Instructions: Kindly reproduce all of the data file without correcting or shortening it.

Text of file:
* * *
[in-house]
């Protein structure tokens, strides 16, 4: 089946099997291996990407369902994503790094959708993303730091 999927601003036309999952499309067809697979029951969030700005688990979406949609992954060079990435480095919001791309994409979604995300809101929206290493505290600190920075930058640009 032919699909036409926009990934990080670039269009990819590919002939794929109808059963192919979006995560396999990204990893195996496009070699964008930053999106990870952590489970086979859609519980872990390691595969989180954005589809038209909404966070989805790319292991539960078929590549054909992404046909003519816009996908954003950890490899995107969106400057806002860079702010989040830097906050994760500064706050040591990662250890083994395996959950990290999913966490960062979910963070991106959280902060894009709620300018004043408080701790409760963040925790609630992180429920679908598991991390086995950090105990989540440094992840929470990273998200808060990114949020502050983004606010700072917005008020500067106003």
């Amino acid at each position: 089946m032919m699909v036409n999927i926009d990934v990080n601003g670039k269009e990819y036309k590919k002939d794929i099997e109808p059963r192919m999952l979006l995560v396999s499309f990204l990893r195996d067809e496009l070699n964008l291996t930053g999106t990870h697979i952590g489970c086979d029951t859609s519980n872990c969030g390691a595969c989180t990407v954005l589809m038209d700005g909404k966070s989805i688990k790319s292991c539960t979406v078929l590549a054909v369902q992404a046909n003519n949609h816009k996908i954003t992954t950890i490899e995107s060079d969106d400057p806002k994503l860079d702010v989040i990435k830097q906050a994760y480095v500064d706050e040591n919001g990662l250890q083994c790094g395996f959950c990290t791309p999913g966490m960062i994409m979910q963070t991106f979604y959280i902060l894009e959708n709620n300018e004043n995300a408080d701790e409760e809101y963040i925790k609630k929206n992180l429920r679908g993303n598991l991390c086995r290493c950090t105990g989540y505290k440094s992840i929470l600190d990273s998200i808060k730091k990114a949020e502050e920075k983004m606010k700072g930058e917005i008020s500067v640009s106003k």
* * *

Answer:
[in-house]
């Protein structure tokens, strides 16, 4: 089946099997291996990407369902994503790094959708993303730091 999927601003036309999952499309067809697979029951969030700005688990979406949609992954060079990435480095919001791309994409979604995300809101929206290493505290600190920075930058640009 032919699909036409926009990934990080670039269009990819590919002939794929109808059963192919979006995560396999990204990893195996496009070699964008930053999106990870952590489970086979859609519980872990390691595969989180954005589809038209909404966070989805790319292991539960078929590549054909992404046909003519816009996908954003950890490899995107969106400057806002860079702010989040830097906050994760500064706050040591990662250890083994395996959950990290999913966490960062979910963070991106959280902060894009709620300018004043408080701790409760963040925790609630992180429920679908598991991390086995950090105990989540440094992840929470990273998200808060990114949020502050983004606010700072917005008020500067106003």
């Amino acid at each position: 089946m032919m699909v036409n999927i926009d990934v990080n601003g670039k269009e990819y036309k590919k002939d794929i099997e109808p059963r192919m999952l979006l995560v396999s499309f990204l990893r195996d067809e496009l070699n964008l291996t930053g999106t990870h697979i952590g489970c086979d029951t859609s519980n872990c969030g390691a595969c989180t990407v954005l589809m038209d700005g909404k966070s989805i688990k790319s292991c539960t979406v078929l590549a054909v369902q992404a046909n003519n949609h816009k996908i954003t992954t950890i490899e995107s060079d969106d400057p806002k994503l860079d702010v989040i990435k830097q906050a994760y480095v500064d706050e040591n919001g990662l250890q083994c790094g395996f959950c990290t791309p999913g966490m960062i994409m979910q963070t991106f979604y959280i902060l894009e959708n709620n300018e004043n995300a408080d701790e409760e809101y963040i925790k609630k929206n992180l429920r679908g993303n598991l991390c086995r290493c950090t105990g989540y505290k440094s992840i929470l600190d990273s998200i808060k730091k990114a949020e502050e920075k983004m606010k700072g930058e917005i008020s500067v640009s106003k």